http://en.wikipedia.org/wiki/Driving..._left_or_right

Daniel

http://en.wikipedia.org/wiki/Driving..._left_or_right

Feb 20 '07 #26

P: n/a
Richard Heathfield wrote:
Joe Wright said:
.... snip ...
>>
Do y'all still drive on the 'wrong' side of the road?

Nobody here drives on the wrong side of the road, except when
overtaking or when risking the wrath of the law (and society at
large) by driving home from spending a tenner in the pub...
>Why is that?

Well, if you're asking why we drive on the proper - i.e. the
left - side of the road, the answer is simple: if the driver of
the oncoming vehicle attacks you, you want him on your right,
because that's the side on which your sword will be most
effective (if, like most people, you're right-handed). You can
use the other hand to control the horses.
I think that story is flawed. In the envisioned scenario, you
could get better sword action by keeping right. However, for
couched lances, keeping left makes more sense. Check it out with
Galahad, Lancelot, Bedevere, etc.

--
<http://www.cs.auckland.ac.nz/~pgut001/pubs/vista_cost.txt>
<http://www.securityfocus.com/columnists/423>

"A man who is right every time is not likely to do very much."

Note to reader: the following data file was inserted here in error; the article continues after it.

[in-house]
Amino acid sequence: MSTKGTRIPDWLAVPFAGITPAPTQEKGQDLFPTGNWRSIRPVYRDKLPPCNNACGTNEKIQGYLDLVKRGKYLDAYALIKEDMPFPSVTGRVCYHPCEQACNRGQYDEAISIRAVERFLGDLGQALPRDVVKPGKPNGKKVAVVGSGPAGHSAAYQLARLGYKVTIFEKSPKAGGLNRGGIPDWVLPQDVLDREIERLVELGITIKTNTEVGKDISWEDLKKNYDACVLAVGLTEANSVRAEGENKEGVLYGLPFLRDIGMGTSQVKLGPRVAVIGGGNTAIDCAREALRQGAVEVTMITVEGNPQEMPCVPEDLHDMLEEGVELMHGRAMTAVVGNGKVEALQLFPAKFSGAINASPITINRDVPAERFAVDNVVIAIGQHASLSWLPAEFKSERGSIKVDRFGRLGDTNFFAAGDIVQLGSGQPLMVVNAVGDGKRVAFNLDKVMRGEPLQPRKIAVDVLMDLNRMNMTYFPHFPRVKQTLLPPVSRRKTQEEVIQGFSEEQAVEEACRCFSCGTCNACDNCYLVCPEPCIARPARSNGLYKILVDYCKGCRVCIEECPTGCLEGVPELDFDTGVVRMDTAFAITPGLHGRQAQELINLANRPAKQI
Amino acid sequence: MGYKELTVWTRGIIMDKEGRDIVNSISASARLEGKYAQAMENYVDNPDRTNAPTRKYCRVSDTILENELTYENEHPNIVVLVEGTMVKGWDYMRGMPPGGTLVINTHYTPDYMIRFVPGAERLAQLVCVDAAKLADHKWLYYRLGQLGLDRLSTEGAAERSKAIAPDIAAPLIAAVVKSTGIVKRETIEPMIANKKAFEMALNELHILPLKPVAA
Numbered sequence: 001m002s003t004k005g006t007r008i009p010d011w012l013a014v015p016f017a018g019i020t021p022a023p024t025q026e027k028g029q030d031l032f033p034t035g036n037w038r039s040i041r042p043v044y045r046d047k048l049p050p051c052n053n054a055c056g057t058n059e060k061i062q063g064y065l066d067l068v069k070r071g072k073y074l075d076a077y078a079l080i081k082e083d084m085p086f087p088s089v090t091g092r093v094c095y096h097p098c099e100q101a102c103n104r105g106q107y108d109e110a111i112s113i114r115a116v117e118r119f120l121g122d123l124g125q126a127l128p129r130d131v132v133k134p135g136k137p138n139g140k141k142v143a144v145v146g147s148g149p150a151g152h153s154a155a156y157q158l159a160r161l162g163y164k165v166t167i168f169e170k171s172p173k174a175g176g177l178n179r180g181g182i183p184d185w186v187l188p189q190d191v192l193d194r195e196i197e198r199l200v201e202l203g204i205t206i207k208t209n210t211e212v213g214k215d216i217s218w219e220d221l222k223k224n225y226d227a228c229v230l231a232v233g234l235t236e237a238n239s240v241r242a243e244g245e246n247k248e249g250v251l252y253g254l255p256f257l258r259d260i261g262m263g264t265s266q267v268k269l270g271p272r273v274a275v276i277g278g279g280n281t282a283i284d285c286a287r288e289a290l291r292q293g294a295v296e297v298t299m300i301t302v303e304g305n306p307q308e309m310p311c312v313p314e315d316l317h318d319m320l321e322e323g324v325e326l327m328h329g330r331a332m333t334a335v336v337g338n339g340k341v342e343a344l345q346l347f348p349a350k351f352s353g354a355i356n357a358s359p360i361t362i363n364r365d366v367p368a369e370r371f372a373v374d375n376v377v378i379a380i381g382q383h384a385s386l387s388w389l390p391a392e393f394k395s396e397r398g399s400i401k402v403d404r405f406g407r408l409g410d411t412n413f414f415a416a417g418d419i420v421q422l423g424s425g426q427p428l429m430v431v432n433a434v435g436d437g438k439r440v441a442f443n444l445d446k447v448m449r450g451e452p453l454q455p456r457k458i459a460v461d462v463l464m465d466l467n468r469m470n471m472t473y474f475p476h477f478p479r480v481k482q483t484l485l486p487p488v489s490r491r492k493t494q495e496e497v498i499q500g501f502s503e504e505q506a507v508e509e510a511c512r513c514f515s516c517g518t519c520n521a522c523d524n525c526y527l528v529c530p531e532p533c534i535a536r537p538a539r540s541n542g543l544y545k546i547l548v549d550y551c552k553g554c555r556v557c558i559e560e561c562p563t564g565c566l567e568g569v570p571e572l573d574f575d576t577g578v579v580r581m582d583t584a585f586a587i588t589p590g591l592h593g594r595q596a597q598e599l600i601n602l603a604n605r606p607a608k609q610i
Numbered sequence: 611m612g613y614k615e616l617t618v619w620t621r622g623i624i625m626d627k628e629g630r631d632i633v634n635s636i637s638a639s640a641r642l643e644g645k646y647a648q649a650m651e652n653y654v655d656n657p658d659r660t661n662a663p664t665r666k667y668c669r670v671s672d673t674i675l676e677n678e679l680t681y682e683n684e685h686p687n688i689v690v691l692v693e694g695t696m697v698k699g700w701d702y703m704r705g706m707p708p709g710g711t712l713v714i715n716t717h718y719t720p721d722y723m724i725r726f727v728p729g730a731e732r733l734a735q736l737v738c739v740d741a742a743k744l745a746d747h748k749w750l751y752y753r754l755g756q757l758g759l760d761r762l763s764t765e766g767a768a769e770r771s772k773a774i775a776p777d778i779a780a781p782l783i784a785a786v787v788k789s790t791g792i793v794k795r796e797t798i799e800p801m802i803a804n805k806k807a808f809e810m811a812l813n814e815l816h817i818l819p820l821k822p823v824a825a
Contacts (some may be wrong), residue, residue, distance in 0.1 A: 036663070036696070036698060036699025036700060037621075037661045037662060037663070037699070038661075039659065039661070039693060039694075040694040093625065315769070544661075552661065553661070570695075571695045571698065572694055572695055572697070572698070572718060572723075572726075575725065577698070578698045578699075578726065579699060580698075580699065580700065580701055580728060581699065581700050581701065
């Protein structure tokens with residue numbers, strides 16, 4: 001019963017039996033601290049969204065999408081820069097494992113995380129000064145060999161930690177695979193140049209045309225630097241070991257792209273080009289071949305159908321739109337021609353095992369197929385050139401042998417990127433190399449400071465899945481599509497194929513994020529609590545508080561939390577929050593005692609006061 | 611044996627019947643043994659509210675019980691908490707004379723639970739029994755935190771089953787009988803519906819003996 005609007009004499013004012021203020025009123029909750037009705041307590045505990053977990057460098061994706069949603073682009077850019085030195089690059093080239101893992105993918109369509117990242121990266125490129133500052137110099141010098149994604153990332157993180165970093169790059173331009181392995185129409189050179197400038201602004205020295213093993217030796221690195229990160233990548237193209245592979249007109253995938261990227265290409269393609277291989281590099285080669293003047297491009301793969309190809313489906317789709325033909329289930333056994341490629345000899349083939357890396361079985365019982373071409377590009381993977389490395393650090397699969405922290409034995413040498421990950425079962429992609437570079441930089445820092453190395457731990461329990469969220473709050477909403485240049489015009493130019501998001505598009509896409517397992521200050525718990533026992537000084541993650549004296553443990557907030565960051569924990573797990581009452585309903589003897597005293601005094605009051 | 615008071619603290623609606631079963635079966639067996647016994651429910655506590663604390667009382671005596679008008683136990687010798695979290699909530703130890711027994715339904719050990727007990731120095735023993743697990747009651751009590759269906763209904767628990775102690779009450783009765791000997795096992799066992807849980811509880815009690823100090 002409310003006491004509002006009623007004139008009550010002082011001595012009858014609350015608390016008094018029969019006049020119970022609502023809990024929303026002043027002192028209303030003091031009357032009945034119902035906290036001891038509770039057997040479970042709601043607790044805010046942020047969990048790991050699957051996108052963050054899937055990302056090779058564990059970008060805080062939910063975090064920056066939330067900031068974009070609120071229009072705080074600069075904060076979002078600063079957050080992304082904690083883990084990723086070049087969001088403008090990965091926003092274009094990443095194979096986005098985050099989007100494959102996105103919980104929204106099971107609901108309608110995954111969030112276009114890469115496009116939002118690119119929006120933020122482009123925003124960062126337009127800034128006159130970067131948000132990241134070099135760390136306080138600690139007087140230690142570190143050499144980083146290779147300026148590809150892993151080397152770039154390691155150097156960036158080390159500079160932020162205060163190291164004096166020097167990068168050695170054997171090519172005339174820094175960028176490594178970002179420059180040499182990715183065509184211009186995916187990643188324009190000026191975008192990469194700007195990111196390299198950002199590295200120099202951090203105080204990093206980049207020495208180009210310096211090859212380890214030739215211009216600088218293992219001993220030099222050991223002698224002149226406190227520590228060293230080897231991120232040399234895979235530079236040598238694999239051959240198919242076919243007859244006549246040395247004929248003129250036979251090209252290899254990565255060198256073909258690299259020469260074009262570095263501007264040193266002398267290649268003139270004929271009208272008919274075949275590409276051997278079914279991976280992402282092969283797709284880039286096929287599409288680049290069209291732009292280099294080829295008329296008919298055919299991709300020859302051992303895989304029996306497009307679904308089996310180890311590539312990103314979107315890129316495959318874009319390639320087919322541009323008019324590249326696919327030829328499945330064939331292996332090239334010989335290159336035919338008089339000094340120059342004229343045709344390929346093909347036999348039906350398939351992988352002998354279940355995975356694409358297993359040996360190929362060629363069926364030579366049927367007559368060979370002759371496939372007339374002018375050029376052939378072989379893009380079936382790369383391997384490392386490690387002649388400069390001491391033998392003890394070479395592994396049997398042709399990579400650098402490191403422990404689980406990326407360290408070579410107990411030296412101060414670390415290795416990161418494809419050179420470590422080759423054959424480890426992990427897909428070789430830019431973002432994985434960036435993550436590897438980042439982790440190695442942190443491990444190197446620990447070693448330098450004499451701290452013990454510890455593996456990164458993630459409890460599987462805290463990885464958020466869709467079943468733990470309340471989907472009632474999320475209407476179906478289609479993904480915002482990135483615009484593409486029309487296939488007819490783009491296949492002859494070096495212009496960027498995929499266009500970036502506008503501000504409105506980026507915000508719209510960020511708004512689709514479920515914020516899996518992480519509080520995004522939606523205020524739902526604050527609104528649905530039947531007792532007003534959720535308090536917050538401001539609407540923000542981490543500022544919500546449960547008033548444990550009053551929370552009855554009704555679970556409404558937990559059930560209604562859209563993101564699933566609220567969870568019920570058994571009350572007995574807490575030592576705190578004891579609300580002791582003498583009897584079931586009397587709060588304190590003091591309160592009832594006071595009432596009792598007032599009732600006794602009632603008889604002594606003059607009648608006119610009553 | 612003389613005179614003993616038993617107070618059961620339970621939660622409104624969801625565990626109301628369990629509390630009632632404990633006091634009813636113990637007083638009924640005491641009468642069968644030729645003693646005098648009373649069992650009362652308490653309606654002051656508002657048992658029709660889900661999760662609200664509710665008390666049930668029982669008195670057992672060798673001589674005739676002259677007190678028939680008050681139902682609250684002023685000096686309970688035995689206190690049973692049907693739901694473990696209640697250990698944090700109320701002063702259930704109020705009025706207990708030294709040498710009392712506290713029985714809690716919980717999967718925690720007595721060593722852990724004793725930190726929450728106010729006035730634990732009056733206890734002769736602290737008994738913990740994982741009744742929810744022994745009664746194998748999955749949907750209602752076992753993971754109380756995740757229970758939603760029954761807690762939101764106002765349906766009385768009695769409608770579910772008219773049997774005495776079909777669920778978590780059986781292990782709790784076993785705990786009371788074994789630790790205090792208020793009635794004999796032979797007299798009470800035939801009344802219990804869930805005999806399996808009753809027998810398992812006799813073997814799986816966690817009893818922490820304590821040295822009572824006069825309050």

-- Francis Crick, co-discover of DNA
"There is nothing more amazing than stupidity in action."
-- Thomas Matthews
Feb 20 '07 #27

P: n/a
CBFalconer said:
Richard Heathfield wrote:
>>
Well, if you're asking why we drive on the proper - i.e. the
left - side of the road, the answer is simple: if the driver of
the oncoming vehicle attacks you, you want him on your right,
because that's the side on which your sword will be most
effective (if, like most people, you're right-handed). You can
use the other hand to control the horses.

I think that story is flawed. In the envisioned scenario, you
could get better sword action by keeping right.
I disagree, and suggest that we test the matter by pitting the two
techniques against each other. We'll start our stagecoaches at opposite
ends of the lane, draw swords, and - on the word of command - set off
towards each other, with my vehicle firmly on the left side of the road
and yours firmly on the right. Last one standing buys the drinks.
However, for